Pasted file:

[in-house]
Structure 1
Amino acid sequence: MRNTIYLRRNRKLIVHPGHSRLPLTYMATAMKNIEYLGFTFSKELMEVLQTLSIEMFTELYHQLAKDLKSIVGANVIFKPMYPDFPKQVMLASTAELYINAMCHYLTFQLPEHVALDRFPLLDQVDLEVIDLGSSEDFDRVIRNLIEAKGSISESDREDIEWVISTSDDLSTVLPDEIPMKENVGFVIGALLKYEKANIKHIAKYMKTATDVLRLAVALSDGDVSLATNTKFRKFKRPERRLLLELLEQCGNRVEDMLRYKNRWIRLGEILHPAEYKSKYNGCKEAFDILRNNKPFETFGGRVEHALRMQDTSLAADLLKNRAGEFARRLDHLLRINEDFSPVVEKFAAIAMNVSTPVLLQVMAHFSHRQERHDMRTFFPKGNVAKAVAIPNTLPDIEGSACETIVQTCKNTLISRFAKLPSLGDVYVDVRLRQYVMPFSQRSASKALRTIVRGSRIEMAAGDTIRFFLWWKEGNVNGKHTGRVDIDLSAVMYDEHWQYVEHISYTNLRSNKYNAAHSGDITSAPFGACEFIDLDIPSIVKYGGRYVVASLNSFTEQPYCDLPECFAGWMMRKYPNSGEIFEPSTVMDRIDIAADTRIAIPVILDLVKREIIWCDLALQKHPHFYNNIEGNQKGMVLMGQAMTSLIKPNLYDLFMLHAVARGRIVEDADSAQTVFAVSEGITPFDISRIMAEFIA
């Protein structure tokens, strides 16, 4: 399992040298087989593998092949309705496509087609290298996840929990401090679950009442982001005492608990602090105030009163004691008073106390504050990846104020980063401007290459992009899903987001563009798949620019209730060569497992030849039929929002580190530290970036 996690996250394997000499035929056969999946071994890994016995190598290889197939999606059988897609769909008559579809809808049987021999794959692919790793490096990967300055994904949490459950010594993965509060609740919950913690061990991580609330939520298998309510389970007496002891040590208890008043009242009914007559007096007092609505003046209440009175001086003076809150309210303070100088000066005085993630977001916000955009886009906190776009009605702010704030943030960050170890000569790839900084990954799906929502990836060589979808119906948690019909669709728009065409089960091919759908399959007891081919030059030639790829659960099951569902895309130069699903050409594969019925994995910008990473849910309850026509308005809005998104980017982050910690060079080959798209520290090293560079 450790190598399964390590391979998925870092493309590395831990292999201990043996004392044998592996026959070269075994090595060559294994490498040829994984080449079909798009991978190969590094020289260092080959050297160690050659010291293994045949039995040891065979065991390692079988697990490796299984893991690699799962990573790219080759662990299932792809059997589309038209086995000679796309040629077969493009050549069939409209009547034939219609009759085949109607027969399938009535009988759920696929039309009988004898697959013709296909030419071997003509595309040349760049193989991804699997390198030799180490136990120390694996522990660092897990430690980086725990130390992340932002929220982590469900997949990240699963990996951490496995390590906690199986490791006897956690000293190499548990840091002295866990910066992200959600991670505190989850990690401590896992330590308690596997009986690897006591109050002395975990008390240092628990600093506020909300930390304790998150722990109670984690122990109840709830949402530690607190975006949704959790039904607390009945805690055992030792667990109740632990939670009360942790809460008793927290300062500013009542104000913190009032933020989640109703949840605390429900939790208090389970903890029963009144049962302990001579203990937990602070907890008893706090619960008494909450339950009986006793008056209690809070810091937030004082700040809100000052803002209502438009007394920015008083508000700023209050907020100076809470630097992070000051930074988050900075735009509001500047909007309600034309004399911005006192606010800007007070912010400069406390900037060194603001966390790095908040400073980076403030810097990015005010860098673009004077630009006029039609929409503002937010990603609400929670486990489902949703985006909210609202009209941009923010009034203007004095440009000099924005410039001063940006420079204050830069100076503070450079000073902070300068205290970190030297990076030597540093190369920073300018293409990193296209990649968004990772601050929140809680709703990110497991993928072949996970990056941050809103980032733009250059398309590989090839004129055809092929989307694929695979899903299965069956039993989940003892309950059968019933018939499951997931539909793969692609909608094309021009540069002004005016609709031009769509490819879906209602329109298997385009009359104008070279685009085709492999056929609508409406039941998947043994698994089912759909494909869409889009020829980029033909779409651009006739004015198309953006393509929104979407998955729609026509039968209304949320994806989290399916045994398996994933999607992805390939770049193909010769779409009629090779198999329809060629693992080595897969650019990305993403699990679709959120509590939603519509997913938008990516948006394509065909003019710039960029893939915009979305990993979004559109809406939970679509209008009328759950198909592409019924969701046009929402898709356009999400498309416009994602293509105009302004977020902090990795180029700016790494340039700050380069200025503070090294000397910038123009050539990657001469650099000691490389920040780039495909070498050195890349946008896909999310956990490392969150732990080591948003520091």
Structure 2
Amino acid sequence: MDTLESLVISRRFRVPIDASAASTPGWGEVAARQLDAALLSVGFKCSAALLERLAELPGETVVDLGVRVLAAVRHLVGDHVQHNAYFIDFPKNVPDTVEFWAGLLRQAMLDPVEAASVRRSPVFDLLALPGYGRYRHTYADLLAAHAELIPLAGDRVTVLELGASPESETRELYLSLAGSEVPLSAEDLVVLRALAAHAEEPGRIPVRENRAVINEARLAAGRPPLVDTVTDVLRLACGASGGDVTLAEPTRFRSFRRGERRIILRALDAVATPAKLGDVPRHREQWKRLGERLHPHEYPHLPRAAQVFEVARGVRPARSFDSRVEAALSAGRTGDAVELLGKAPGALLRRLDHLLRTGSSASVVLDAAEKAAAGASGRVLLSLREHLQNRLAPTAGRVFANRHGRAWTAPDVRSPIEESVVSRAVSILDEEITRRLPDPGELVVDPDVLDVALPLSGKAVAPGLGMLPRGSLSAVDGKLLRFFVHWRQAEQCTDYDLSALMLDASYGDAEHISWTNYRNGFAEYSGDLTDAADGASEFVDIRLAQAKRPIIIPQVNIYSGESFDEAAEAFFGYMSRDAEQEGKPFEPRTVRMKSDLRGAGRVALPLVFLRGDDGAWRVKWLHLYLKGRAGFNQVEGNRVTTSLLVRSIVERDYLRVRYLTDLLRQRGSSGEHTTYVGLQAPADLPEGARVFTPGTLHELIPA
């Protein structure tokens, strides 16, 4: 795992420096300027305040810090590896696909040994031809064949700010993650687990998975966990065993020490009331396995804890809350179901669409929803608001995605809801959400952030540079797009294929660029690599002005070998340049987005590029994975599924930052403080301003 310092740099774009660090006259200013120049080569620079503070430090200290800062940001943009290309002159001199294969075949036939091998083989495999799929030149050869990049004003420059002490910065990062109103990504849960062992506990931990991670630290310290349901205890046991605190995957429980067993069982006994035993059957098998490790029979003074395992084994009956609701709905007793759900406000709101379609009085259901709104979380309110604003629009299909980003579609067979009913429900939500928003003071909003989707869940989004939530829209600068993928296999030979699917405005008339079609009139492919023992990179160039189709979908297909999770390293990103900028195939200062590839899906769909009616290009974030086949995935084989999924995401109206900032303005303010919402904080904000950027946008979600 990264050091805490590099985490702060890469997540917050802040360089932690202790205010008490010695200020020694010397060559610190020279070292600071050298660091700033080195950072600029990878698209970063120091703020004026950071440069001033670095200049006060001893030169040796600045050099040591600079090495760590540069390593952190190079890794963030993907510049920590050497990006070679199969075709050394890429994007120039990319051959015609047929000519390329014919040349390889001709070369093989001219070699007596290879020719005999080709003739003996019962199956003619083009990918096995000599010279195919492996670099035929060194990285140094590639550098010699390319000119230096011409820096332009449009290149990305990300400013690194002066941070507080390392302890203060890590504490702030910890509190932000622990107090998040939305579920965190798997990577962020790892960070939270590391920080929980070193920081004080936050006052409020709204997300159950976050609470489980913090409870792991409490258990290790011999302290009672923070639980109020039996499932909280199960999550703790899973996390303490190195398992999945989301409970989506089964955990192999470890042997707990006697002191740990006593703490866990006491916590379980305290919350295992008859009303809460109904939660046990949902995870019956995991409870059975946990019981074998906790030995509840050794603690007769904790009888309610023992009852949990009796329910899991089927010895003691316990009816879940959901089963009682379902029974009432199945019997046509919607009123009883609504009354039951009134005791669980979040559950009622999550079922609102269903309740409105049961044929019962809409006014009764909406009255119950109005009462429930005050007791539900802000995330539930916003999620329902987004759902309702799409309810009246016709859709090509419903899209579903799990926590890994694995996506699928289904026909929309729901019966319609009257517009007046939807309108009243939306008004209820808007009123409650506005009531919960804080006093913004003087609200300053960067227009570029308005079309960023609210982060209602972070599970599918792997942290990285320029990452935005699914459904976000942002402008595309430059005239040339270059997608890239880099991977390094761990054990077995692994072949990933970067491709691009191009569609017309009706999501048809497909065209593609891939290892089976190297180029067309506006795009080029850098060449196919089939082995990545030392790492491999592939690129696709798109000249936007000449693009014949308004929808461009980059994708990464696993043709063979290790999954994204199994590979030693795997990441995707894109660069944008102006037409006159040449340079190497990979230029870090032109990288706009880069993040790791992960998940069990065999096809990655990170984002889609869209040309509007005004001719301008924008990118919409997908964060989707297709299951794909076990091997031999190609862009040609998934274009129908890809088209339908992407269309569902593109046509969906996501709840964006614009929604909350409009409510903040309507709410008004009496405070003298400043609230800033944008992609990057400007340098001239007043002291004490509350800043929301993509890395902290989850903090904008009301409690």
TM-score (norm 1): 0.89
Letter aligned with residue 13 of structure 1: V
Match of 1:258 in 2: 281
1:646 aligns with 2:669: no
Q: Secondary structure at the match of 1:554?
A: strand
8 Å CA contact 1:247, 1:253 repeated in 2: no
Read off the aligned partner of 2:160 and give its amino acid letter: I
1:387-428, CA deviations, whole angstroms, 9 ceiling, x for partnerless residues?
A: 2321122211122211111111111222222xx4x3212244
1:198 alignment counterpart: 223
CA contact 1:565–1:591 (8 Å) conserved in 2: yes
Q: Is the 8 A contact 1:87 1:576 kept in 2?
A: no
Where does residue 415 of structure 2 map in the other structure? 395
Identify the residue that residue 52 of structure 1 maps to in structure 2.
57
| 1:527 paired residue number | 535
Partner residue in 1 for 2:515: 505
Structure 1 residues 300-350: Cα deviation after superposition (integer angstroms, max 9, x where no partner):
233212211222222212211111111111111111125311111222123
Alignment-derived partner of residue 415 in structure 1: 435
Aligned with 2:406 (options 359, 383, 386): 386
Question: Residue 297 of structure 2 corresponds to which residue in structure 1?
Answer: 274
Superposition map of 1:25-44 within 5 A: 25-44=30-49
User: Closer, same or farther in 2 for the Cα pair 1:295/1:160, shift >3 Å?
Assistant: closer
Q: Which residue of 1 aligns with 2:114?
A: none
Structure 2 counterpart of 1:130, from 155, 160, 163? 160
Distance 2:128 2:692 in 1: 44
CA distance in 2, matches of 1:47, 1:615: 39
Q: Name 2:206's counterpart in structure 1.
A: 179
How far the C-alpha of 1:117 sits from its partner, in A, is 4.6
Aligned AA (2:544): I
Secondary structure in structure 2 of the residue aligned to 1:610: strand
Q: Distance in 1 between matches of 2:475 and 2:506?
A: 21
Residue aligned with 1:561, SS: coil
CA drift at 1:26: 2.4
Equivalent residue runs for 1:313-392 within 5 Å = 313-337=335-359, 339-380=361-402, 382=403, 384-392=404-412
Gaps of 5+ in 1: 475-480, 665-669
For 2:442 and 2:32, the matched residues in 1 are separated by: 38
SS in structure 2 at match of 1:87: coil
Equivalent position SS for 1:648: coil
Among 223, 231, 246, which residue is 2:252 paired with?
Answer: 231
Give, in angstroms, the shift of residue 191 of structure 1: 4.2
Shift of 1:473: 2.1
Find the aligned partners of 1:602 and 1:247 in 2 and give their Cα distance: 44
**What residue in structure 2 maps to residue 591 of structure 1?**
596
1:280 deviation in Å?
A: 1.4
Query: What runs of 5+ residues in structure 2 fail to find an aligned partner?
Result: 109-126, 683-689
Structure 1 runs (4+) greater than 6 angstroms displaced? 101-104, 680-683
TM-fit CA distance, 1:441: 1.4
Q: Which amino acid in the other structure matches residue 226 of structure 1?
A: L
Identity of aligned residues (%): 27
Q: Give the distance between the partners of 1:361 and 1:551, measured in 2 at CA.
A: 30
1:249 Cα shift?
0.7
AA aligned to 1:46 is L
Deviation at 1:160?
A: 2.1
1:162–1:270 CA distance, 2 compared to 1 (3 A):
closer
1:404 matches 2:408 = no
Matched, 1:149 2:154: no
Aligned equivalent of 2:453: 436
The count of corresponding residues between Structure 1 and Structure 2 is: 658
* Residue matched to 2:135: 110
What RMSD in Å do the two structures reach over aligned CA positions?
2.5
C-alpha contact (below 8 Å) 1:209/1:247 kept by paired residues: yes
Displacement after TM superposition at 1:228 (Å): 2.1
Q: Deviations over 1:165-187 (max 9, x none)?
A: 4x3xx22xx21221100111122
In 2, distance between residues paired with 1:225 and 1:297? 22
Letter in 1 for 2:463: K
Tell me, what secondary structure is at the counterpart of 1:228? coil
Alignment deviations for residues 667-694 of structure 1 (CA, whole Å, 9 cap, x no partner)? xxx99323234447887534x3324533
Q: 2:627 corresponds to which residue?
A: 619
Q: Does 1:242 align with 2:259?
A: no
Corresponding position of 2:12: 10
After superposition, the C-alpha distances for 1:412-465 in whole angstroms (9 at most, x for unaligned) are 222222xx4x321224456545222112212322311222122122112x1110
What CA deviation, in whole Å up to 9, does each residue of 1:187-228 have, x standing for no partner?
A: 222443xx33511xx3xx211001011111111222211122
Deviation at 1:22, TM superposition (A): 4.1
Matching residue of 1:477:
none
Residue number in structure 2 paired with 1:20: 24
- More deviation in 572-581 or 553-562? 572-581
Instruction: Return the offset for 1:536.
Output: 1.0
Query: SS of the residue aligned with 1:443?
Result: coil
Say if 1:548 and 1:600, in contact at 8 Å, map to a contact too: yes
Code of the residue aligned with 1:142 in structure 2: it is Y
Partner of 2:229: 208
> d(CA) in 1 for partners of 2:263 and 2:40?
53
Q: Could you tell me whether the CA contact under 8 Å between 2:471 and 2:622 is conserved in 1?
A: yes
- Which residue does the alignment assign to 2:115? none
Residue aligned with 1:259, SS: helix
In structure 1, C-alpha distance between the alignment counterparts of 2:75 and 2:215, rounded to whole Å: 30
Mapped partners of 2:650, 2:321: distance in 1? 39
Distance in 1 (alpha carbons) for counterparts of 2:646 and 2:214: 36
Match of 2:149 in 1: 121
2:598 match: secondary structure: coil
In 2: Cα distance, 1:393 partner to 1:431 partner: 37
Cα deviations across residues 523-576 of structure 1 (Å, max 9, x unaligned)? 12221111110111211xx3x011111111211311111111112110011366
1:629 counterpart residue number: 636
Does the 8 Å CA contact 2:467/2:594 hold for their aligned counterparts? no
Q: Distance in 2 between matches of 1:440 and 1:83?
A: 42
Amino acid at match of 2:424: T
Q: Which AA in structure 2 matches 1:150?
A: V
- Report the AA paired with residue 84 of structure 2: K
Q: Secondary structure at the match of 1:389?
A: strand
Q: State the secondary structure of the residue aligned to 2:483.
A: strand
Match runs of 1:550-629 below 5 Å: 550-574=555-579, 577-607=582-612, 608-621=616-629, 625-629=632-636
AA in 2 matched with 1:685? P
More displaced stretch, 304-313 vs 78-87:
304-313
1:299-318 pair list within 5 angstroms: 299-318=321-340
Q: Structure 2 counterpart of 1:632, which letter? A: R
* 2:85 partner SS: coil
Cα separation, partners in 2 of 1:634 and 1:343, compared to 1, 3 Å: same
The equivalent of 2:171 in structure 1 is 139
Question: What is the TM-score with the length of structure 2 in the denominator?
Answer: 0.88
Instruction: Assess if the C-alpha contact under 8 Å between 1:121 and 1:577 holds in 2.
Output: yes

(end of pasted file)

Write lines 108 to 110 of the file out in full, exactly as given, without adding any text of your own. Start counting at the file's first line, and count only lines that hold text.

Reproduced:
Instruction: Return the offset for 1:536.
Output: 1.0
Query: SS of the residue aligned with 1:443?